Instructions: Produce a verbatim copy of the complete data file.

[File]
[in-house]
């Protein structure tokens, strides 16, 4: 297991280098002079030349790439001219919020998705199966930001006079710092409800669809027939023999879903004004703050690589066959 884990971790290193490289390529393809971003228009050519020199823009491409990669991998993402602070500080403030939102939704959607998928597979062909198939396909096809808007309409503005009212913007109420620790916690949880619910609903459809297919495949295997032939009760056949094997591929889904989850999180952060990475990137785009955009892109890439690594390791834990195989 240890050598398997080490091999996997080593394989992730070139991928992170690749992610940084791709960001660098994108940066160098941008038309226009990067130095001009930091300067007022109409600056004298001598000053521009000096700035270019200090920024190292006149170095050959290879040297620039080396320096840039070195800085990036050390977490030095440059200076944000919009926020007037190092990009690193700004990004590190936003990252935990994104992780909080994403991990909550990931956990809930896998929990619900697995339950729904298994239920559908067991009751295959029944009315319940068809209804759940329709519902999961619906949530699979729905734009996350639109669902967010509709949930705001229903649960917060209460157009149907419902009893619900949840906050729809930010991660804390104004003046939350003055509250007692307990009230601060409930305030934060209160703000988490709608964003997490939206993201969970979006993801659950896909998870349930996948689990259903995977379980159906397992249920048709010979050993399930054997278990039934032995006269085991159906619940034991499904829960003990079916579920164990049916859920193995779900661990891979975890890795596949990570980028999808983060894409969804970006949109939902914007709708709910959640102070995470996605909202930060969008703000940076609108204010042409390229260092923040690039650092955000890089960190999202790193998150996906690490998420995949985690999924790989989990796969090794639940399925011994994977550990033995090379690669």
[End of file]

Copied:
[in-house]
């Protein structure tokens, strides 16, 4: 297991280098002079030349790439001219919020998705199966930001006079710092409800669809027939023999879903004004703050690589066959 884990971790290193490289390529393809971003228009050519020199823009491409990669991998993402602070500080403030939102939704959607998928597979062909198939396909096809808007309409503005009212913007109420620790916690949880619910609903459809297919495949295997032939009760056949094997591929889904989850999180952060990475990137785009955009892109890439690594390791834990195989 240890050598398997080490091999996997080593394989992730070139991928992170690749992610940084791709960001660098994108940066160098941008038309226009990067130095001009930091300067007022109409600056004298001598000053521009000096700035270019200090920024190292006149170095050959290879040297620039080396320096840039070195800085990036050390977490030095440059200076944000919009926020007037190092990009690193700004990004590190936003990252935990994104992780909080994403991990909550990931956990809930896998929990619900697995339950729904298994239920559908067991009751295959029944009315319940068809209804759940329709519902999961619906949530699979729905734009996350639109669902967010509709949930705001229903649960917060209460157009149907419902009893619900949840906050729809930010991660804390104004003046939350003055509250007692307990009230601060409930305030934060209160703000988490709608964003997490939206993201969970979006993801659950896909998870349930996948689990259903995977379980159906397992249920048709010979050993399930054997278990039934032995006269085991159906619940034991499904829960003990079916579920164990049916859920193995779900661990891979975890890795596949990570980028999808983060894409969804970006949109939902914007709708709910959640102070995470996605909202930060969008703000940076609108204010042409390229260092923040690039650092955000890089960190999202790193998150996906690490998420995949985690999924790989989990796969090794639940399925011994994977550990033995090379690669």